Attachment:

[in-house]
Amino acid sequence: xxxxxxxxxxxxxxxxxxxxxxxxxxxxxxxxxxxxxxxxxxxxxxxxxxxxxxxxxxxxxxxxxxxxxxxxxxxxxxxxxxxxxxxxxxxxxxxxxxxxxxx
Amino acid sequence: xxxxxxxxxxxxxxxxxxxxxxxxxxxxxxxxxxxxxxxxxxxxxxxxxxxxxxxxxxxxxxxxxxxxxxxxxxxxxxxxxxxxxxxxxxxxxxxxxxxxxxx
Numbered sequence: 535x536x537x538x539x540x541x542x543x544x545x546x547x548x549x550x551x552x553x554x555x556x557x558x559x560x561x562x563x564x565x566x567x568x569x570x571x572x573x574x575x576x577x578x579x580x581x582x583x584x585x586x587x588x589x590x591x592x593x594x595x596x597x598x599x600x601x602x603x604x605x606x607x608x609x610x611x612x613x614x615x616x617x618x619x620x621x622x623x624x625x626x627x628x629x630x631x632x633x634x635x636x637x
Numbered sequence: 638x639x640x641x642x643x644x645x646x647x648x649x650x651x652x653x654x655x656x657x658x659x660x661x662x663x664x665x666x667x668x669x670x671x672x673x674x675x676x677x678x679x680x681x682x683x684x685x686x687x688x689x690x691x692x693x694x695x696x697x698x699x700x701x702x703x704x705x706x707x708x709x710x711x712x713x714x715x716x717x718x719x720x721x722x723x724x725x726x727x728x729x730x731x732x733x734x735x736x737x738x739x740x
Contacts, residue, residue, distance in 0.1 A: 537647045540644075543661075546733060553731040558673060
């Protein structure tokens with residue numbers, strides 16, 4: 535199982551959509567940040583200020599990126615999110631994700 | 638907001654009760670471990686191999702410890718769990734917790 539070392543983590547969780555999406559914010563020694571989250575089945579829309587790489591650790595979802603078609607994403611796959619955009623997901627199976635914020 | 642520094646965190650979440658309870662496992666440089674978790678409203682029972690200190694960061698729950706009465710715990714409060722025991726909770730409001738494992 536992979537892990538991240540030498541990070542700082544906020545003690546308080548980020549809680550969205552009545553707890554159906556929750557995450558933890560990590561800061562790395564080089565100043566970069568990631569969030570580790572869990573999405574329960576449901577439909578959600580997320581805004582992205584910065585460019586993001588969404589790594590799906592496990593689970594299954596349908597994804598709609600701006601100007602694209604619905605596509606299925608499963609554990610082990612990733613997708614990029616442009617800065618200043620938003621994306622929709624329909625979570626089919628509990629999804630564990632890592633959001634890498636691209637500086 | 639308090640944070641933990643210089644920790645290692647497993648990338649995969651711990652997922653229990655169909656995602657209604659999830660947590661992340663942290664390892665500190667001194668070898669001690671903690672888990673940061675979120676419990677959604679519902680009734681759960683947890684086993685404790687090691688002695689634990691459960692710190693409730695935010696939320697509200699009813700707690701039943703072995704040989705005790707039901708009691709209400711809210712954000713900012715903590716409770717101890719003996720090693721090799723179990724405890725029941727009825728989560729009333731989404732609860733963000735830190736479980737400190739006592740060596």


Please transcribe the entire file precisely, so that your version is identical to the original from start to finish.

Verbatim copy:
[in-house]
Amino acid sequence: xxxxxxxxxxxxxxxxxxxxxxxxxxxxxxxxxxxxxxxxxxxxxxxxxxxxxxxxxxxxxxxxxxxxxxxxxxxxxxxxxxxxxxxxxxxxxxxxxxxxxxx
Amino acid sequence: xxxxxxxxxxxxxxxxxxxxxxxxxxxxxxxxxxxxxxxxxxxxxxxxxxxxxxxxxxxxxxxxxxxxxxxxxxxxxxxxxxxxxxxxxxxxxxxxxxxxxxx
Numbered sequence: 535x536x537x538x539x540x541x542x543x544x545x546x547x548x549x550x551x552x553x554x555x556x557x558x559x560x561x562x563x564x565x566x567x568x569x570x571x572x573x574x575x576x577x578x579x580x581x582x583x584x585x586x587x588x589x590x591x592x593x594x595x596x597x598x599x600x601x602x603x604x605x606x607x608x609x610x611x612x613x614x615x616x617x618x619x620x621x622x623x624x625x626x627x628x629x630x631x632x633x634x635x636x637x
Numbered sequence: 638x639x640x641x642x643x644x645x646x647x648x649x650x651x652x653x654x655x656x657x658x659x660x661x662x663x664x665x666x667x668x669x670x671x672x673x674x675x676x677x678x679x680x681x682x683x684x685x686x687x688x689x690x691x692x693x694x695x696x697x698x699x700x701x702x703x704x705x706x707x708x709x710x711x712x713x714x715x716x717x718x719x720x721x722x723x724x725x726x727x728x729x730x731x732x733x734x735x736x737x738x739x740x
Contacts, residue, residue, distance in 0.1 A: 537647045540644075543661075546733060553731040558673060
């Protein structure tokens with residue numbers, strides 16, 4: 535199982551959509567940040583200020599990126615999110631994700 | 638907001654009760670471990686191999702410890718769990734917790 539070392543983590547969780555999406559914010563020694571989250575089945579829309587790489591650790595979802603078609607994403611796959619955009623997901627199976635914020 | 642520094646965190650979440658309870662496992666440089674978790678409203682029972690200190694960061698729950706009465710715990714409060722025991726909770730409001738494992 536992979537892990538991240540030498541990070542700082544906020545003690546308080548980020549809680550969205552009545553707890554159906556929750557995450558933890560990590561800061562790395564080089565100043566970069568990631569969030570580790572869990573999405574329960576449901577439909578959600580997320581805004582992205584910065585460019586993001588969404589790594590799906592496990593689970594299954596349908597994804598709609600701006601100007602694209604619905605596509606299925608499963609554990610082990612990733613997708614990029616442009617800065618200043620938003621994306622929709624329909625979570626089919628509990629999804630564990632890592633959001634890498636691209637500086 | 639308090640944070641933990643210089644920790645290692647497993648990338649995969651711990652997922653229990655169909656995602657209604659999830660947590661992340663942290664390892665500190667001194668070898669001690671903690672888990673940061675979120676419990677959604679519902680009734681759960683947890684086993685404790687090691688002695689634990691459960692710190693409730695935010696939320697509200699009813700707690701039943703072995704040989705005790707039901708009691709209400711809210712954000713900012715903590716409770717101890719003996720090693721090799723179990724405890725029941727009825728989560729009333731989404732609860733963000735830190736479980737400190739006592740060596």